An unexpected birding trip
I was busy doing some writing on one of my other blogs this morning when the phone rang. It was the boss of my friend Keith. I sometimes do relief driving for Keith on his courier round of Murray Bridge here in South Australia. His boss wanted me to do an emergency delivery from here in Murray Bridge to just north of Adelaide. I didn’t mind stopping my writing to do this job even though it would take out just over three hours of my day. I enjoy doing it because the company pays so well for me to have a lovely drive into the city and back.
Birds along the Freeway
I didn’t see all that many birds along the freeway in the city. The most common species appeared to be the Australian Magpies feeding on the grass verge of the road and in nearby fields. I was disturbed by the number of dead magpies; road kills are a real problem here in Australia. Little Ravens strutted across the road and along the fence lines and out in the fields. At one stage I thought I might collect a Willie Wagtail as it swooped across the road chasing an insect, but the bird flicked out of the way at the last moment. Several small flocks of Galahs crossed the road high above the freeway as we drove along.
Birds through the city
While driving through the city on the way to our destination I had to concentrate on the driving; it was only while waiting at the traffic lights that I was able to pay any attention to the birdlife. Small flocks of Rainbow Lorikeets seemed the most common species. I also noticed quite a few Noisy Miners flying between trees and bushes near the road. The introduced Spotted Turtle Dove appeared frequently on fences, footpaths and parklands, along with their native cousins, the Crested Pigeons. There also seemed to be many Australian Magpie Larks everywhere too.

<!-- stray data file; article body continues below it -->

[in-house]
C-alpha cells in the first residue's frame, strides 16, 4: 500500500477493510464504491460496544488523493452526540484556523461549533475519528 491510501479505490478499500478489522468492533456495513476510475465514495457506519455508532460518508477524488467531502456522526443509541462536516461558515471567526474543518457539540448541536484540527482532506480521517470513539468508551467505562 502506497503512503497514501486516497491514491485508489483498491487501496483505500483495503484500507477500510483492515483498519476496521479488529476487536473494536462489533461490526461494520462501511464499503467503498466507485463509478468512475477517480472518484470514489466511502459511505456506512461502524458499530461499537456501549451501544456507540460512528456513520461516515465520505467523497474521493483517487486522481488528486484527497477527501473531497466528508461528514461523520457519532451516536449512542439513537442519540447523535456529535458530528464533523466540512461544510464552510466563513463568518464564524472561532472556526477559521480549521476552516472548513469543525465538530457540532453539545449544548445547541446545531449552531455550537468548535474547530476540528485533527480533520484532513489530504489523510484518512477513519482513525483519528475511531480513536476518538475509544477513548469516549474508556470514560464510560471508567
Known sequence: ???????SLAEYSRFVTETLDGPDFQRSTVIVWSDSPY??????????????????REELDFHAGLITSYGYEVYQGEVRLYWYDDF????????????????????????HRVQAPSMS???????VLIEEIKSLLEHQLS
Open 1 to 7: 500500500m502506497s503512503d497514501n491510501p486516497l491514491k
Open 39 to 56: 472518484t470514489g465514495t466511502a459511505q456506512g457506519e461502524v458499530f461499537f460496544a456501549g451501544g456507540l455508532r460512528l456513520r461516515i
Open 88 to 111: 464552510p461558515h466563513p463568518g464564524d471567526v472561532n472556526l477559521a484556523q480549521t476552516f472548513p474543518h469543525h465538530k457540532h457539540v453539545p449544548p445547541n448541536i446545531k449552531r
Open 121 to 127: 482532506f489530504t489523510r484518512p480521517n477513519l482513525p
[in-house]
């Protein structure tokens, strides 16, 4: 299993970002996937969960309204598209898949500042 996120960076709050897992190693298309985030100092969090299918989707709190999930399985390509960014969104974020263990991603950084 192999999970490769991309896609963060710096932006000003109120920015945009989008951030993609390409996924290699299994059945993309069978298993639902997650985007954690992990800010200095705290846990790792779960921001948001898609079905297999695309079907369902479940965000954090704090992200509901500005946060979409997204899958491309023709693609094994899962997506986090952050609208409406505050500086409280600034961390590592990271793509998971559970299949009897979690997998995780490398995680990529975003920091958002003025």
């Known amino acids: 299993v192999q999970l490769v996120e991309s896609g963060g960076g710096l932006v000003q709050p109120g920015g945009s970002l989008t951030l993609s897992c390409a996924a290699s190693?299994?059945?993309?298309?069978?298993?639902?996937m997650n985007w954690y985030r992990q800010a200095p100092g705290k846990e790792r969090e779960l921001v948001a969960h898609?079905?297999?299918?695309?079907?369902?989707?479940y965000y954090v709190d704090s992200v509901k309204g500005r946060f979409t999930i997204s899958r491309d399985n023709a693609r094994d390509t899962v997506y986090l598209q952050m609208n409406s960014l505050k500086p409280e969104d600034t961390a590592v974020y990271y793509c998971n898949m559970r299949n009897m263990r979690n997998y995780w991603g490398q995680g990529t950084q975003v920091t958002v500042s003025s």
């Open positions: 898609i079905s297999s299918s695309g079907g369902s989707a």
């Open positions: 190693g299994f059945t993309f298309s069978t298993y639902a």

As we approached our destination we passed an extensive area of wetlands. Storm water from nearby suburbs drains into these wetlands. We were driving too fast to see anything of note. In fact, a solitary flying Silver Gull was all I managed to see. I did ask my wife to produce a Glossy Ibis, a species I’ve not yet seen in the natural environment. She didn’t oblige.
At our destination I was not able to linger long in the extensive gardens surrounding the building where I delivered the parcel. I did see several Masked Lapwings feeding on the lawns, along with a large flock of House Sparrows. Along the road leading to the building I saw more Noisy Miners along with several Red Wattlebirds.
On our return journey I managed to add a Nankeen Kestrel to the list; this particular bird was being harassed by a very persistent magpie. Probably the highlight of the trip home was the Collared Sparrowhawk gliding low over the ground as it crossed the road less than twenty metres in front of the car. Another highlight was a single Sulphur Crested Cockatoo sitting on a light pole. This is always a delightful species to see.
Perhaps the most distressing sight of the whole journey involved two species. An Adelaide Rosella had fallen victim to a passing car and was lying on the roadside. It is always sad to see this beautiful bird become a road kill. A Little Raven, however, was taking advantage of its misfortune and was steadily picking over the remains.
It was a rushed trip we went on today. We didn’t stop anywhere to specifically go birding. Despite this I saw a long list of beautiful birds. It sort of made up for the lost writing time.
- Many of the birds mentioned in this article have separate articles about them – often with photos. Just click on the species name.